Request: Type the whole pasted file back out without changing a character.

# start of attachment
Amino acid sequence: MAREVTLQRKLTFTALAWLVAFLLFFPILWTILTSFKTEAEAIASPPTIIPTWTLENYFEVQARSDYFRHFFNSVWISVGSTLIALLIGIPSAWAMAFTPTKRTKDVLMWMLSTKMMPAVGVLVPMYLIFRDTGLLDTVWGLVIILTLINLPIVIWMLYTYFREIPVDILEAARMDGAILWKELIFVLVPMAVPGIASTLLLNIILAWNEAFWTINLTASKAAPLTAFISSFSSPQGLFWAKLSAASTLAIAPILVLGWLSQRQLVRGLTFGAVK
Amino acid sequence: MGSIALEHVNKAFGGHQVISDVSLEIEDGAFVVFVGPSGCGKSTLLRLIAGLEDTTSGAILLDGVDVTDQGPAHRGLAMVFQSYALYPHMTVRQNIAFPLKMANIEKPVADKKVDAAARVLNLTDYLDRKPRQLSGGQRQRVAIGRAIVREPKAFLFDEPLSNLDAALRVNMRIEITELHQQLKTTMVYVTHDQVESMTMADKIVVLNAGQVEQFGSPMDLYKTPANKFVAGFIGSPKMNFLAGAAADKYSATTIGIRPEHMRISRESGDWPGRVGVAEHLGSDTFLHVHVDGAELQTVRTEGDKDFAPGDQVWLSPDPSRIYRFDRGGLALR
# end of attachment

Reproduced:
Amino acid sequence: MAREVTLQRKLTFTALAWLVAFLLFFPILWTILTSFKTEAEAIASPPTIIPTWTLENYFEVQARSDYFRHFFNSVWISVGSTLIALLIGIPSAWAMAFTPTKRTKDVLMWMLSTKMMPAVGVLVPMYLIFRDTGLLDTVWGLVIILTLINLPIVIWMLYTYFREIPVDILEAARMDGAILWKELIFVLVPMAVPGIASTLLLNIILAWNEAFWTINLTASKAAPLTAFISSFSSPQGLFWAKLSAASTLAIAPILVLGWLSQRQLVRGLTFGAVK
Amino acid sequence: MGSIALEHVNKAFGGHQVISDVSLEIEDGAFVVFVGPSGCGKSTLLRLIAGLEDTTSGAILLDGVDVTDQGPAHRGLAMVFQSYALYPHMTVRQNIAFPLKMANIEKPVADKKVDAAARVLNLTDYLDRKPRQLSGGQRQRVAIGRAIVREPKAFLFDEPLSNLDAALRVNMRIEITELHQQLKTTMVYVTHDQVESMTMADKIVVLNAGQVEQFGSPMDLYKTPANKFVAGFIGSPKMNFLAGAAADKYSATTIGIRPEHMRISRESGDWPGRVGVAEHLGSDTFLHVHVDGAELQTVRTEGDKDFAPGDQVWLSPDPSRIYRFDRGGLALR